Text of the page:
Perceived threats to “national security” make politicians and pundits say stupid things, especially about privacy rights. There’s just no other way to put it. Open almost any information source, or Fox “news” if you must, at almost any time of the day for plenty of examples.
Following the recent events in Paris, came another round of those stupid things, including calls to ban communications tools that don’t allow governments to have “backdoor” access to every bit of information sent, including this one from the British Prime Minister.
He said: “In our country, do we want to allow a means of communication between people which […] we cannot read?” He made the connection between encrypted communications tools and letters and phone conversations, both of which can be read by security services in extreme situations and with a warrant from the home secretary.1
We have plenty of high profile people in this country who also want the government to have that backdoor as a tool to keep us “safe” from bad guys. Even though the NSA, our own literal “big brother”, is already hoovering up every bit of communications data they can find.
What David Cameron thinks he’s saying is, “We will command all the software creators we can reach to introduce back-doors into their tools for us.” There are enormous problems with this: there’s no back door that only lets good guys go through it. If your Whatsapp or Google Hangouts has a deliberately introduced flaw in it, then foreign spies, criminals, crooked police (like those who fed sensitive information to the tabloids who were implicated in the hacking scandal — and like the high-level police who secretly worked for organised crime for years), and criminals will eventually discover this vulnerability. They — and not just the security services — will be able to use it to intercept all of our communications. That includes things like the pictures of your kids in your bath that you send to your parents to the trade secrets you send to your co-workers.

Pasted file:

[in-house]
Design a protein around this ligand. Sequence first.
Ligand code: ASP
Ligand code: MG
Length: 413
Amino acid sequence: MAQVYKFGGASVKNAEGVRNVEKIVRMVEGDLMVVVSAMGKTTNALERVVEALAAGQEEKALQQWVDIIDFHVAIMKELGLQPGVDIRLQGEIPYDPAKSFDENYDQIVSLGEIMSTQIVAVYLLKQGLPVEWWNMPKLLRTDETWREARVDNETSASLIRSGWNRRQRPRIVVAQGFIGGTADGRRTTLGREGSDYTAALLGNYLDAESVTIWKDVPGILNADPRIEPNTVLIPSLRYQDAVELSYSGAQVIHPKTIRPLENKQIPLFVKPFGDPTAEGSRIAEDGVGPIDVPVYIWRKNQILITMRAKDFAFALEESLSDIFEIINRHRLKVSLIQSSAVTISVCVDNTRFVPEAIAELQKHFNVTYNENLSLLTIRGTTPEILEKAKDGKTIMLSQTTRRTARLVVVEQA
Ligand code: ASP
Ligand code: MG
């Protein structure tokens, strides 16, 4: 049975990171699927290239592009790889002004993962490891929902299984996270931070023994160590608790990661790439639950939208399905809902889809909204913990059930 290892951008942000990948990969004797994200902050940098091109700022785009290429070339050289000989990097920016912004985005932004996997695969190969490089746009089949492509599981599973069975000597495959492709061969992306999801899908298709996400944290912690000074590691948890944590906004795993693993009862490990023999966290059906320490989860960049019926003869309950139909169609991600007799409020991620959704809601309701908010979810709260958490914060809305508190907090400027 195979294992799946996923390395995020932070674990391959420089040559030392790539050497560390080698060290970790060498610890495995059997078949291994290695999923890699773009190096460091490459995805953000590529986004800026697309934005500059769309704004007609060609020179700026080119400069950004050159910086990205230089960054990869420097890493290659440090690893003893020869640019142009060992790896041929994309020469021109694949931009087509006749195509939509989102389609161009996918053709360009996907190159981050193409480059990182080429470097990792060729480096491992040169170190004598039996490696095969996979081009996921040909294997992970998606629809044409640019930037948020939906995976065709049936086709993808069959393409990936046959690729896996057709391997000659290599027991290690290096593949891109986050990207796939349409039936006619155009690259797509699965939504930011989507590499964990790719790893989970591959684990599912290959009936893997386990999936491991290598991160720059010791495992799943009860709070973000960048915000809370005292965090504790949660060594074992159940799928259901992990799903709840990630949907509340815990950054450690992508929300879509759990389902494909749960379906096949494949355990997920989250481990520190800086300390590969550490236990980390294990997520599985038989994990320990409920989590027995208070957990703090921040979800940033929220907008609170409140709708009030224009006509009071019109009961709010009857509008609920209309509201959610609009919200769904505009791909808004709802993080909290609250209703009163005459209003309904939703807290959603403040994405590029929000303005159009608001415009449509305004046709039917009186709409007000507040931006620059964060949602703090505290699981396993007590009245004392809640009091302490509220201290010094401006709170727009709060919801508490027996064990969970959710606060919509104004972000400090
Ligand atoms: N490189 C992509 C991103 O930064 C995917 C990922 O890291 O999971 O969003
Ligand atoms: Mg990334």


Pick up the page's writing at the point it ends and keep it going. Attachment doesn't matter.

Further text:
Plus, as Doctorow also points our, similar requirements and technological solutions haven’t worked in much more restrictive countries like Russia, Iran, and Syria.
Ok, I’m no security expert, although I do have a good basic understanding of the technology involved. This is simply the rant of someone who is tired of being told by an assortment of largely untrustworthy figures that we must give up rights, Constitutional and other, for an uncertain and vaguely defined promise of “security”.
It all seems like a very unbalanced compromise.